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Mol Microbiol. 2006 Feb;59(3):1013-24.

Translation initiation with GUC codon in the archaeon Halobacterium salinarum: implications for translation of leaderless mRNA and strict correlation between translation initiation and presence of mRNA.

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Department of Biology, Massachusetts Institute of Technology, Cambridge, MA 02139, USA.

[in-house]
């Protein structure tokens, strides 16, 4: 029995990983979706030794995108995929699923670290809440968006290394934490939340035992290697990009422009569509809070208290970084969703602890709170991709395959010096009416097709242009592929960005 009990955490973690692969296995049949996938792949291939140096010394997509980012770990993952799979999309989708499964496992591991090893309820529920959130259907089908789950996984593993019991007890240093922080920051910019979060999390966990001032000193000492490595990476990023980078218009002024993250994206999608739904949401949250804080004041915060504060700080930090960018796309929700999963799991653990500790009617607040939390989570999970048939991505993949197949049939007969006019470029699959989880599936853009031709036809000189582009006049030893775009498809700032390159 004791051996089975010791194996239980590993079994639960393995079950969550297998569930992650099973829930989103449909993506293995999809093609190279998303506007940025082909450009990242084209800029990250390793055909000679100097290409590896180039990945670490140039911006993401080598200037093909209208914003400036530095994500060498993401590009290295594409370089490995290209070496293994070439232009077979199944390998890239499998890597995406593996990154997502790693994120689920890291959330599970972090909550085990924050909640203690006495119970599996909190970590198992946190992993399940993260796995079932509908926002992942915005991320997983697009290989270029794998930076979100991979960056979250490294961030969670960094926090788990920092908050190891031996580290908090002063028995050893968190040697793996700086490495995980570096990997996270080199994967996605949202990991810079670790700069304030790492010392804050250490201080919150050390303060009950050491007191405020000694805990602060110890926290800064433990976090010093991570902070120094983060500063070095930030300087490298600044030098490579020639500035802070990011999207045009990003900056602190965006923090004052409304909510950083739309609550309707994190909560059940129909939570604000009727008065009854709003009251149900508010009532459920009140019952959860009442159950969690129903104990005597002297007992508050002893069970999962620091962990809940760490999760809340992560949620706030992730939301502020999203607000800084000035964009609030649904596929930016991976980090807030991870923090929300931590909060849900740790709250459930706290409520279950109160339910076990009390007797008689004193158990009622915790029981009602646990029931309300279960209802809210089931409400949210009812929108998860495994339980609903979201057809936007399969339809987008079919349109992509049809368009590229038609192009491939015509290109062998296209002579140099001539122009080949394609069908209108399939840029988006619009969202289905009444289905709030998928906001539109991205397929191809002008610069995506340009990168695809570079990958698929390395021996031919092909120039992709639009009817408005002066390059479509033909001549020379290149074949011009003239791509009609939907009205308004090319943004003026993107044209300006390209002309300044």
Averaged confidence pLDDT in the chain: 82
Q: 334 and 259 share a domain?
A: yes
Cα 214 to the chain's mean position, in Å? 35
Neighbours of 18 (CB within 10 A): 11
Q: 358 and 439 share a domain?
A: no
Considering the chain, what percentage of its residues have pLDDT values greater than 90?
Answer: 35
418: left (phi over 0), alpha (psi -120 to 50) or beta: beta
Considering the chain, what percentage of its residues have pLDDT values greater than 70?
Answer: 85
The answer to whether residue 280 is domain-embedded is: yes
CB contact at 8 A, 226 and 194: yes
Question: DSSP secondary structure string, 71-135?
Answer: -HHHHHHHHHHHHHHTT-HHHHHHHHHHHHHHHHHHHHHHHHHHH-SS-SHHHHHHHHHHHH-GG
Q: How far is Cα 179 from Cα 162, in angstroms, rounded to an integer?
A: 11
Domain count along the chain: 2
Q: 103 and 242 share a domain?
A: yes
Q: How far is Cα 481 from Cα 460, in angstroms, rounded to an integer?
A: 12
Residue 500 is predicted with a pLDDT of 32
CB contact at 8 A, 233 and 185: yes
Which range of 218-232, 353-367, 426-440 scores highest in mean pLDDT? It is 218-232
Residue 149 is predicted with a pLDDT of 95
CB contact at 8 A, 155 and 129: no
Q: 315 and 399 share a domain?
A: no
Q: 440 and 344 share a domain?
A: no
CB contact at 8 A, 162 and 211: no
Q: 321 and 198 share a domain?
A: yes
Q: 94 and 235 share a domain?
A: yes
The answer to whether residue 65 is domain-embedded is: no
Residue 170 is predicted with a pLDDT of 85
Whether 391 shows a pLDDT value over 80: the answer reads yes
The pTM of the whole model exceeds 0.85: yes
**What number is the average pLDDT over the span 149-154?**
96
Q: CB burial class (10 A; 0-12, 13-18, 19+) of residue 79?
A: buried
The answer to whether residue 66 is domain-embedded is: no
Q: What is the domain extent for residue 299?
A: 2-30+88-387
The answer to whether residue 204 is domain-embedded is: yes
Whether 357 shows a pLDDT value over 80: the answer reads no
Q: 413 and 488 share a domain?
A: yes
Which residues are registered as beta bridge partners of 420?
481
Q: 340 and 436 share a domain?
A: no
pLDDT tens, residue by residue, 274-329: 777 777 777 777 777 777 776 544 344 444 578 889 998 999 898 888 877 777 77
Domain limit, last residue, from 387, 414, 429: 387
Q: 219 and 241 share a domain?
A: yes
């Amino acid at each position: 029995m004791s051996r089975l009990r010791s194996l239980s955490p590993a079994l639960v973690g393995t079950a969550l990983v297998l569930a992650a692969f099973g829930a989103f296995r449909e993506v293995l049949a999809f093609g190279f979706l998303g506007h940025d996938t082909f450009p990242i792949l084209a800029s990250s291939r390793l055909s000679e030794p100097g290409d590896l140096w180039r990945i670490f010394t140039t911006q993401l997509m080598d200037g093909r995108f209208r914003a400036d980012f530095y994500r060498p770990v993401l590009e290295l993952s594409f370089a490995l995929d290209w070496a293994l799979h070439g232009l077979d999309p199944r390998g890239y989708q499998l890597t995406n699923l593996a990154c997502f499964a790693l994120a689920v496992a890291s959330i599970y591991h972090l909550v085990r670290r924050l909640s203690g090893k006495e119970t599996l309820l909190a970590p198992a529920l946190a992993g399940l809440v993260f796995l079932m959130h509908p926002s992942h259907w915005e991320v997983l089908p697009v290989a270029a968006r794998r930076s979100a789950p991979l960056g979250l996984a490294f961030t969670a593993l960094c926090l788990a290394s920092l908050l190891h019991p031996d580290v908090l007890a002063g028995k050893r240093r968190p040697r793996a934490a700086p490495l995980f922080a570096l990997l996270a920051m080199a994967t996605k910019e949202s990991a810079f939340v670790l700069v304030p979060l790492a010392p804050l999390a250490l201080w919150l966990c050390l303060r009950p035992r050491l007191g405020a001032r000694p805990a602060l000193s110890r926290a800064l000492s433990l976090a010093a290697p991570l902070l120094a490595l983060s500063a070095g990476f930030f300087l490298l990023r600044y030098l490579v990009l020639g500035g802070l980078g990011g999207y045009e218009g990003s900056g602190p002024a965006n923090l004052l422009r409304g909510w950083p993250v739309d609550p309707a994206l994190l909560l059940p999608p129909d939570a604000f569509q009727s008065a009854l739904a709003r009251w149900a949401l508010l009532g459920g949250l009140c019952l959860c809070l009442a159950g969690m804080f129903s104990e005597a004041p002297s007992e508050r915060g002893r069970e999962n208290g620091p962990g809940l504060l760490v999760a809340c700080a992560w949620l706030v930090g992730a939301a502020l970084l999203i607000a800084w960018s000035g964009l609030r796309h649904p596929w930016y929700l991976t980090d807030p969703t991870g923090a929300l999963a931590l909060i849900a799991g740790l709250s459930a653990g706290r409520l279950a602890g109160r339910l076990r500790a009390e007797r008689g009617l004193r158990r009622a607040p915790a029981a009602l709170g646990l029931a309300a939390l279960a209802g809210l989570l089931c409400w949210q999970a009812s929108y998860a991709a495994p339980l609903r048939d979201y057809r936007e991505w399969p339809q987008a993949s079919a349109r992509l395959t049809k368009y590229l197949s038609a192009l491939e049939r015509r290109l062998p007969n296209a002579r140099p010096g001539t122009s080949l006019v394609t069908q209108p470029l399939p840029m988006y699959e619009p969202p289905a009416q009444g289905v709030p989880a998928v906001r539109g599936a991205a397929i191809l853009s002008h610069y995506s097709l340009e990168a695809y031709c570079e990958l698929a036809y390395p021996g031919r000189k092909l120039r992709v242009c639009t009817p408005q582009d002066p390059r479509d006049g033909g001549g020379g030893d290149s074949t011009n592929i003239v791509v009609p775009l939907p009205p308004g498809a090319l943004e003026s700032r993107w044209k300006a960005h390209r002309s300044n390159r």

We have investigated whether anticodon sequence mutant of an archaeal initiator tRNA can initiate protein synthesis using reporter genes carrying mutations in the initiation codon. Halobacterium salinarum was used as the model organism and the bacterio-opsin gene (bop), which encodes the precursor of the protein component of the purple membrane protein bacterio-opsin (Bop), was chosen as the reporter. We demonstrate that a CAU to GAC anticodon sequence mutant of Haloferax volcanii initiator tRNA can initiate Bop protein synthesis using GUC as the initiation codon in H. salinarum. We generated four mutant bop genes, each carrying the AUG to GUC initiation codon mutation, with or without a compensatory mutation to maintain a predicted stem-loop structure at the 5'-end of the bop mRNA, and with or without mutations to test translation initiation at a site corresponding to the amino terminus of mature bacterio-opsin. H. salinarum chromosomal recombinants containing these mutant genes were phenotypically Pum- (purple membrane negative). Upon transformation with a plasmid carrying the mutant initiator tRNA gene, only strains designed to maintain the bop mRNA stem-loop structure produced Bop and were phenotypically Pum+ as indicated by purple colony colour, and immunoblotting and spectral analysis of cell extracts. Thus GUC can serve as an initiation codon in archaea and the stem-loop structure in the bop mRNA is important for translation. Interestingly, for the same mutant mRNA, only transformants that produce Bop protein contain bop mRNA. These results suggest either a strong coupling between translation and mRNA stability or strong transcriptional polarity in H. salinarum.

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